Author: Huntley Fitzpatrick
Release Date: 14 June 2012
Genres: Contemporary, Fiction, Young Adult (YA)
Source: Borrowed from the Public Library
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"One thing my mother never knew, and would disapprove of most of all, was that I watched the Garretts. All the time."
The Garretts are everything the Reeds are not. Loud, messy, affectionate. And every day from her rooftop perch, Samantha Reed wishes she was one of them . . . until one summer evening, Jase Garrett climbs up next to her and changes everything.
As the two fall fiercely for each other, stumbling through the awkwardness and awesomeness of first love, Jase's family embraces Samantha - even as she keeps him a secret from her own. Then something unthinkable happens, and the bottom drops out of Samantha's world. She's suddenly faced with an impossible decision. Which perfect family will save her? Or is it time she saved herself?
A transporting debut about family, friendship, first romance, and how to be true to one person you love without betraying another.
As an unashamed introvert, I really related to this book. Why? Because I could relate to Sam in several ways: not shy, but not in your face, a people watcher, someone who stops and waits to see what will happen before diving in. Sam has been watching the Garrett family for years, wishing for the warmth and closeness she sees across the fence. In comparison with the rather cold, stoic mother and the boy-crazy, shallow sister, the Garrett family sparkles with love and just plain adventure. Sam’s mom is a major CRAPPY PERSON. She’s so ridiculously selfish, and mentions several times how she didn’t want to have babies or that she didn’t see herself as a mom. Um … gee. Way to make your kids feel loved. “I didn’t really want you and it’s selfish of you to ask me to be at home and be your mother even though I’m your only parent.” *slaps the mom* I’m surprised that her children have turned out to be relatively well-adjusted. Thankfully, Huntley Fitzpatrick gives us Mrs. Garrett, who is awesome.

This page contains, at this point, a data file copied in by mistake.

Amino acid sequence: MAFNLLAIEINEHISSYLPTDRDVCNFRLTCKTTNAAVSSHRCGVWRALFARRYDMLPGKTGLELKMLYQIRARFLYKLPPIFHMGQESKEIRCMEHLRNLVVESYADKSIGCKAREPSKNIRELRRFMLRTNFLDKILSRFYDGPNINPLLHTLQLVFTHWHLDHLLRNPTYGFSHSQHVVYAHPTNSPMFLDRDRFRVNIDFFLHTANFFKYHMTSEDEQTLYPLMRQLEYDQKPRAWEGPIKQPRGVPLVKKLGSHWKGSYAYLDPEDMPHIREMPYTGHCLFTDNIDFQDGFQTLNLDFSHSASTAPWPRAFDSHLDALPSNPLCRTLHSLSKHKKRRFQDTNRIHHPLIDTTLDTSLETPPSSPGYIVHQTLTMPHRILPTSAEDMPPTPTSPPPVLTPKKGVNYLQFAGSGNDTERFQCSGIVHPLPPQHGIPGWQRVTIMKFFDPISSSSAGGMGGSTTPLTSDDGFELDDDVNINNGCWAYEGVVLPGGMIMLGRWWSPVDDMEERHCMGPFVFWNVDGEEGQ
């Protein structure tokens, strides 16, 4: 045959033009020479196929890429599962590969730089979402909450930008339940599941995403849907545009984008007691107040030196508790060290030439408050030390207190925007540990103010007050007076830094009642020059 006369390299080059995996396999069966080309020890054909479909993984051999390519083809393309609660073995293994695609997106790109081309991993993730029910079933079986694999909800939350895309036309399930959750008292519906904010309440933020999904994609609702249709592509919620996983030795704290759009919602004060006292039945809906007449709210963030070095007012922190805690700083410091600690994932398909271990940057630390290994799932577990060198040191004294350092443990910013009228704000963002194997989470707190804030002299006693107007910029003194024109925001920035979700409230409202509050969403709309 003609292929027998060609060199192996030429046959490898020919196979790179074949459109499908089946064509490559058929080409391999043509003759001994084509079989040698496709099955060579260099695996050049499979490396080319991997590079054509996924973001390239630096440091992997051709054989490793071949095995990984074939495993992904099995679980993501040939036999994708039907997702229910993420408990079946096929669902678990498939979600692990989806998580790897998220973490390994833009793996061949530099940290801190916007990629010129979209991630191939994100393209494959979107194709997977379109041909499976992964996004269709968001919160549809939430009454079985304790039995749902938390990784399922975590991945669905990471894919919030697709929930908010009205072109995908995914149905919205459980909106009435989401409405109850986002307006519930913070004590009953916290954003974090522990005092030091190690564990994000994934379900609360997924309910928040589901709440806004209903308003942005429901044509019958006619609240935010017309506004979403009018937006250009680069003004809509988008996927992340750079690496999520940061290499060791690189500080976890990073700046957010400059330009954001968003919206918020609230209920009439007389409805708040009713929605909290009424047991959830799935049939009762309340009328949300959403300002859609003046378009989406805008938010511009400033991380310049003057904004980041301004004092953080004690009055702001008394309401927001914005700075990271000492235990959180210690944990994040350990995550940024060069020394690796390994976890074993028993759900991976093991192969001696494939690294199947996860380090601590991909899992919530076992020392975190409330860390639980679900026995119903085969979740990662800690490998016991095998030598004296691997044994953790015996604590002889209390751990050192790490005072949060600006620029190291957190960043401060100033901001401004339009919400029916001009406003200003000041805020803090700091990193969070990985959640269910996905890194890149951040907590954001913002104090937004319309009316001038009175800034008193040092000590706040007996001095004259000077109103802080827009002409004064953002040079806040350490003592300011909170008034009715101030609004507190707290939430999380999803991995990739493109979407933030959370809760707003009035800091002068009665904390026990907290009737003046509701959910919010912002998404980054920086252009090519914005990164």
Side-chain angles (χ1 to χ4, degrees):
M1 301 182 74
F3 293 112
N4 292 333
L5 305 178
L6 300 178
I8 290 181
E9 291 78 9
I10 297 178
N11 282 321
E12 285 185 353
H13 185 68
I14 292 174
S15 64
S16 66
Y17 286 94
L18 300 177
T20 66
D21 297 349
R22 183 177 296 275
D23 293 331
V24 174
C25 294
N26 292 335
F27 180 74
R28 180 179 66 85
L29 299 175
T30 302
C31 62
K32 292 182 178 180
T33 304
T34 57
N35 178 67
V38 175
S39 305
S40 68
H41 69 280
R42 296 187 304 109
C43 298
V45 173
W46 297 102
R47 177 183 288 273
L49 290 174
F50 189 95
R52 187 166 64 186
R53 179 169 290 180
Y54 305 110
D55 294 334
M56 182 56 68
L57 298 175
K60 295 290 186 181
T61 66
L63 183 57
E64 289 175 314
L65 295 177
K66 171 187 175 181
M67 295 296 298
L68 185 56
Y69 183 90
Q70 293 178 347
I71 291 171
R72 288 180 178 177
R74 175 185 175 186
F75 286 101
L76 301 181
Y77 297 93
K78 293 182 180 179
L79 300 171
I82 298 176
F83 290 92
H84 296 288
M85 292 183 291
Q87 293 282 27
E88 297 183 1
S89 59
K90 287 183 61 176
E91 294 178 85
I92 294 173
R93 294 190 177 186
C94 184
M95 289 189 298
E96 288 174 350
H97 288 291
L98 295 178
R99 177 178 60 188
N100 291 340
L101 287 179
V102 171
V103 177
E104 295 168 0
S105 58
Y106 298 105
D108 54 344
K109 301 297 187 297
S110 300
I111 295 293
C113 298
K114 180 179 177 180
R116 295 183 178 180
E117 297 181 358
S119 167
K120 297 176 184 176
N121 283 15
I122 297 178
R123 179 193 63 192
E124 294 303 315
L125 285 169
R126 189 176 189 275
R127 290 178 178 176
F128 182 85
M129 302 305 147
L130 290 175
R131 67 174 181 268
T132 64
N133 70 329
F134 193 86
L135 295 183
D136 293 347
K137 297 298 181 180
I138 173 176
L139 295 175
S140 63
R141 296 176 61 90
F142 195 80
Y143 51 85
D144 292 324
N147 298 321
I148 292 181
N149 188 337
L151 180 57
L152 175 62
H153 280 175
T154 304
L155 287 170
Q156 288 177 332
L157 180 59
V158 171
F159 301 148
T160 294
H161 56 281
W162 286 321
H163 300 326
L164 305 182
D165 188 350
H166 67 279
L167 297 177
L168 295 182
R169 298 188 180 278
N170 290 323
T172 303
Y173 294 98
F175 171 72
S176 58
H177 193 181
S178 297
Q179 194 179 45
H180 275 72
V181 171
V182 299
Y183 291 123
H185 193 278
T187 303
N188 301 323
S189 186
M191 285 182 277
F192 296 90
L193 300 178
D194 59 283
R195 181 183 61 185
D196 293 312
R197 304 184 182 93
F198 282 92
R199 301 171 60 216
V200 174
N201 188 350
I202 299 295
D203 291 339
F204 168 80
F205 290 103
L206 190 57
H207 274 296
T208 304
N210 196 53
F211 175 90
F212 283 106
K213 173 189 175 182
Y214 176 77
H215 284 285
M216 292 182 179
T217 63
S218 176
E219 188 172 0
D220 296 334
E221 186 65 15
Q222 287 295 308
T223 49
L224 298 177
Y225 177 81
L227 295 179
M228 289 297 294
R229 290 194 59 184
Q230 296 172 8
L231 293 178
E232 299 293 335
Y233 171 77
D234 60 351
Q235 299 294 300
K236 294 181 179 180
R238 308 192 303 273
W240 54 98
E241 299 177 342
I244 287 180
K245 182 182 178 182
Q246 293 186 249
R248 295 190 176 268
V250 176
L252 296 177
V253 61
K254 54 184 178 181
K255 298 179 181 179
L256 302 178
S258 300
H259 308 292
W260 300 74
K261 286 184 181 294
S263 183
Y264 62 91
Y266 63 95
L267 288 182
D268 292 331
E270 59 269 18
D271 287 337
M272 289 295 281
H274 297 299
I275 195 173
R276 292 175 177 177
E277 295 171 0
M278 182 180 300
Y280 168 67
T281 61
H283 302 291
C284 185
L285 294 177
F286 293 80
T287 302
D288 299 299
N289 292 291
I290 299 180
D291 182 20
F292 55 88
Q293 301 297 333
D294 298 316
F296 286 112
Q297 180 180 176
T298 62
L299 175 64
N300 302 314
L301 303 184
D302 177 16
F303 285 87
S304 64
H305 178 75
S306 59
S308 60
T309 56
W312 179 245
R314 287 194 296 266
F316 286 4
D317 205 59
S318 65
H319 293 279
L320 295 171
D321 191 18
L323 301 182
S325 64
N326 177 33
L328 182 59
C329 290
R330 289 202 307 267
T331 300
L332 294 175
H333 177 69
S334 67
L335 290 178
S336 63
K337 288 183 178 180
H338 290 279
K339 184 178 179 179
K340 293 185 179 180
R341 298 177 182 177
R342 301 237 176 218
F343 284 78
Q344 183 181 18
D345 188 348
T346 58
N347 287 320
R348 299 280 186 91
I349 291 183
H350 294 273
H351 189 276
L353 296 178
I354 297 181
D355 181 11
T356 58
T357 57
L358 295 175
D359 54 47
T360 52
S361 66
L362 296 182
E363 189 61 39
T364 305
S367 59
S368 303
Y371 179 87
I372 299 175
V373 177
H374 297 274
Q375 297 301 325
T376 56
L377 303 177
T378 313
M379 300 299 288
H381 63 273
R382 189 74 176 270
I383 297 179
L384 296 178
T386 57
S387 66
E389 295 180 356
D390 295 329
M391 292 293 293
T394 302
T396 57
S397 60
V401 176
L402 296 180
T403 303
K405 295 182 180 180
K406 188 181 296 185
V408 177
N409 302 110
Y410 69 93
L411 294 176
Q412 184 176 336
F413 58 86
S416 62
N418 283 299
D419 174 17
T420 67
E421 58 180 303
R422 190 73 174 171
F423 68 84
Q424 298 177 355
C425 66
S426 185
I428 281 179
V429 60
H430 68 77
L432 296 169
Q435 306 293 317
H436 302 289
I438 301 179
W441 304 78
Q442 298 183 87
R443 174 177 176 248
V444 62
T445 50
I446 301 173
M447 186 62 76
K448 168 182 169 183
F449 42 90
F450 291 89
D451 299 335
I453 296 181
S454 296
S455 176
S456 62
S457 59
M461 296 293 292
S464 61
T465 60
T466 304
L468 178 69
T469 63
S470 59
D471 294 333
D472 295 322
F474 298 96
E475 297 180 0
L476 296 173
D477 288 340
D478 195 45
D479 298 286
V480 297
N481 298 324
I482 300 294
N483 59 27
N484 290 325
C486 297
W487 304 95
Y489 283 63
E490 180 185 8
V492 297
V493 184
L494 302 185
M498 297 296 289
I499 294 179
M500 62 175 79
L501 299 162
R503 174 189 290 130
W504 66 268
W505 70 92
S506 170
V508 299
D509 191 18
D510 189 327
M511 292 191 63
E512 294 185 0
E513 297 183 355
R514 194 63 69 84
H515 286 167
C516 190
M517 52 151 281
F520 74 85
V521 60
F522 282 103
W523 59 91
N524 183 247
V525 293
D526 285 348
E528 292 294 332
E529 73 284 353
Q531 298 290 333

I hand Patsy a bottle of juice, prompting a crunchy-granola-looking woman in Birkenstocks to say, “That baby is much too old for a bottle. She should be on a sippy cup by now.”
Who are these people, and why do they think their own opinions are the only right ones?
“Don’t you ever just want to kill them, or at least swear at them?” I ask in an undertone, steering the cart away from the crabby sippy-cup woman, with Harry and George clinging to either side like spider monkeys.
“Of course.” Mrs. Garrett shrugs. “But what kind of example would that be?” (Page 107)